Inboxes fill up, task lists go unchecked – we all have times when we struggle with maintaining the balance between our personal and business lives. But if we want to be our best, we have to take the time to work on ourselves first, and understand who we are and what we bring to our relationships.
Self-awareness plays a key role in optimizing the work-life balance. To help us understand how we can increase our self-awareness, we sat down with Mike Reagan, a 25-year sales and marketing executive and advisor for Threat X.
Finding the Right Balance
From unlimited time off to 4-hour workweeks, there’s been a trend toward obtaining the perfect “work-life balance.” We often imagine drawing a line in the sand between personal and business, but according to Mike the reality isn’t always so clear cut. “There doesn’t need to be this crisp line between personal life and work life,” Mike said. “In reality, it’s our life. Our life is rooted, for the most part, in the way we interact with others and with the world.”
Instead of striving to perfect our work-life balance, we should strive to perfect ourselves and our relationships. To do this, Mike says we need to ask ourselves the question, “How do I want to live my life and what do I want to achieve through interacting with others?”
3 Ways to Stay Grounded
In search of the perfect life, we sometimes lose track of ourselves and what’s actually going on around us. That’s why improving self-awareness is all about staying grounded. Here’s Mike’s advice:
- Being present and listening.
- Ask yourself, “What am I trying to achieve when I’m interacting with others?”
Sometimes we find ourselves in a job where the company culture doesn’t quite fit with our personal values. According to Mike, if that happens, we need to ask if we can facilitate that change in culture, or call it out. “If you can’t see a path toward changing the organization to align with your values, find one who can.”
“What you need is an organization that’s willing to acknowledge the imperfections and commit to change when they discover that they’re veering slightly from those values,” Mike said.
A Fully Unplugged Break
With email, phones and social media, it’s getting harder and harder for professionals to completely unplug themselves and take a break. But according to Mike, it can and should be done. Here’s how:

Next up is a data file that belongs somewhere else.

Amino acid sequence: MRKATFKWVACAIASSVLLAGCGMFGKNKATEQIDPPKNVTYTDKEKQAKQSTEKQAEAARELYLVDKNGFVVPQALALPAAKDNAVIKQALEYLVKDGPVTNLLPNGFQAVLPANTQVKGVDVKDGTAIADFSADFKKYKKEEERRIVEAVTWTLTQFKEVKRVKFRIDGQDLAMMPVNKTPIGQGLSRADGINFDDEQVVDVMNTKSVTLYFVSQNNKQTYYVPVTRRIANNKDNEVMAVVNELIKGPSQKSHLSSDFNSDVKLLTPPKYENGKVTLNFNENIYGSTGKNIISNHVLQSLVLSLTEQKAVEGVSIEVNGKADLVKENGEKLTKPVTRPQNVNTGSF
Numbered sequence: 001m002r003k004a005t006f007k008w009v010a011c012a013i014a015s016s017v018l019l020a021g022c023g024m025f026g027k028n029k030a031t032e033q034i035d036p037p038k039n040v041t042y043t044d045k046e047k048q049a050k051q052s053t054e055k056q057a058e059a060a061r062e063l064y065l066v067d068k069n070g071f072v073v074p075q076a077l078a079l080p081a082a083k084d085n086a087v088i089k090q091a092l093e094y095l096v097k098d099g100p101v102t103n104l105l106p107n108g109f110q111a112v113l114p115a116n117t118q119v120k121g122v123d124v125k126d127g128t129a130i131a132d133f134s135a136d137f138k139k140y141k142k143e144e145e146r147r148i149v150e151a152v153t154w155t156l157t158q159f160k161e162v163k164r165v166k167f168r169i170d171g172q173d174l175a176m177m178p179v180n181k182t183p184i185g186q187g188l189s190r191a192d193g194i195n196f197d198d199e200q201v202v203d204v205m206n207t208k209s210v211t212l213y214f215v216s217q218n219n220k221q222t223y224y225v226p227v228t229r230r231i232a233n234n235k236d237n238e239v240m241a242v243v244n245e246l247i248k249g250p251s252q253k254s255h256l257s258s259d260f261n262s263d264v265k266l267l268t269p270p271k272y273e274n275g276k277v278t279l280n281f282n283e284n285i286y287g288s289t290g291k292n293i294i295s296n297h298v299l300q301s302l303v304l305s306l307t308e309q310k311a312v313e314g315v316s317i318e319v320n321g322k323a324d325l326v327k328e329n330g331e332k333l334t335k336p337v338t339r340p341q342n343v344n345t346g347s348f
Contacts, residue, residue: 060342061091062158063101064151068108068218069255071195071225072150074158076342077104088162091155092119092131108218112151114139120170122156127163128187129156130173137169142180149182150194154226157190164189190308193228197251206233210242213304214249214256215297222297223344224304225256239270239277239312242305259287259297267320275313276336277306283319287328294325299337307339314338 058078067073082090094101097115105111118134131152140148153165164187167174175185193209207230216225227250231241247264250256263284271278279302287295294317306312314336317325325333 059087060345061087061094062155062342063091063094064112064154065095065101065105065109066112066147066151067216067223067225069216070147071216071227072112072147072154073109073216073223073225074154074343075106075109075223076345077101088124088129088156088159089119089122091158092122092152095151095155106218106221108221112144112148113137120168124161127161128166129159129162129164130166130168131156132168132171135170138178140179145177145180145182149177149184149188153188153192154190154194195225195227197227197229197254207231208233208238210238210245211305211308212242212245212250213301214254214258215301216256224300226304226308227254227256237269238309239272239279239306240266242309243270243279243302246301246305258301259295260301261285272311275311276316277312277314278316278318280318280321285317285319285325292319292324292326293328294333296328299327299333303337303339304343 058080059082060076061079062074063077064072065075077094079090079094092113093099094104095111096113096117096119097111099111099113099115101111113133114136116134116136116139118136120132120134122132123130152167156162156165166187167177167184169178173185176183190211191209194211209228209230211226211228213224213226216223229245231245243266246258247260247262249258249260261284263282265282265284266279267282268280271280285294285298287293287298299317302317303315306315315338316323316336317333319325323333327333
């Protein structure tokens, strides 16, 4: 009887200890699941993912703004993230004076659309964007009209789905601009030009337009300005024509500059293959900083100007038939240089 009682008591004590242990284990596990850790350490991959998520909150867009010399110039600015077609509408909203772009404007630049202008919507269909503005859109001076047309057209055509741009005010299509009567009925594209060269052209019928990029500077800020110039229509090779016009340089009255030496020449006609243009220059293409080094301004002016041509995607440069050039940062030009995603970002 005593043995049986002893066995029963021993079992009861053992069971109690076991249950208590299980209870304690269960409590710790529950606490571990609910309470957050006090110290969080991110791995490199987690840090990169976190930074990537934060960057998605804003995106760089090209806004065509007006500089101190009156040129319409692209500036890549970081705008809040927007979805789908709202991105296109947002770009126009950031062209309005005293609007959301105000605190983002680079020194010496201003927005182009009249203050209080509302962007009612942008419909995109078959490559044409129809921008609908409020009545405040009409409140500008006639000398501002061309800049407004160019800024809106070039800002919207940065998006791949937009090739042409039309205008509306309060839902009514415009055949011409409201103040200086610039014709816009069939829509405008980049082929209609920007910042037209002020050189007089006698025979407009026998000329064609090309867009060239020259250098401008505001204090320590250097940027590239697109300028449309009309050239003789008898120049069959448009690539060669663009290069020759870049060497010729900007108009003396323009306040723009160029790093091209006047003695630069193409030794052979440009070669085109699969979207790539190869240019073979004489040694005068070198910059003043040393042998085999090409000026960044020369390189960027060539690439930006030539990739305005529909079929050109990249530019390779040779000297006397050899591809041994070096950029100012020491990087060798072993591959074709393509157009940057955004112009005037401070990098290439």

- Have a firm handle on your business. Know what’s going on, understand what the state of accounts are – existing customers as well as prospects.
- Delegate. Have all your ducks lined up so you can easily communicate to someone in your absence.
- Communicate to your customers, prospects and team.
- Establish boundaries.
“If you tee it up properly and have people you can trust to care for those accounts – you’ve given them all the detail they need…then you can go away and shut your email off and not check,” said Mike.
What is Most Effective When Someone is Trying to Sell You?
We like to ask our podcast guests this question. Here’s how Mike answered:
“Present to me, immediately upon engaging me, that you know me. That you know my company, that you have done your homework. If I hear a standard spiel that I know they’re giving to me and everyone else they’re calling, I’m going to hang up.”
In every episode of the B2B Revenue Executive Experience, we try to pull one nugget of wisdom from our guests that they would impart on a sales professional. Here’s this one:
“People talk about work-life balance. For me it’s life. What are you trying to achieve in your life? If I were to boil it down to one word it would be care. Care about your customers, care about your prospects, care about your coworkers – if you truly care you’re going to listen…you’ll find that you’ll end up seeking to serve them in ways that really address their needs. If you care about your customers, your prospects, your coworkers – you’ll end up taking care of yourself in the end.”
If you don’t use iTunes, you can listen to every episode here.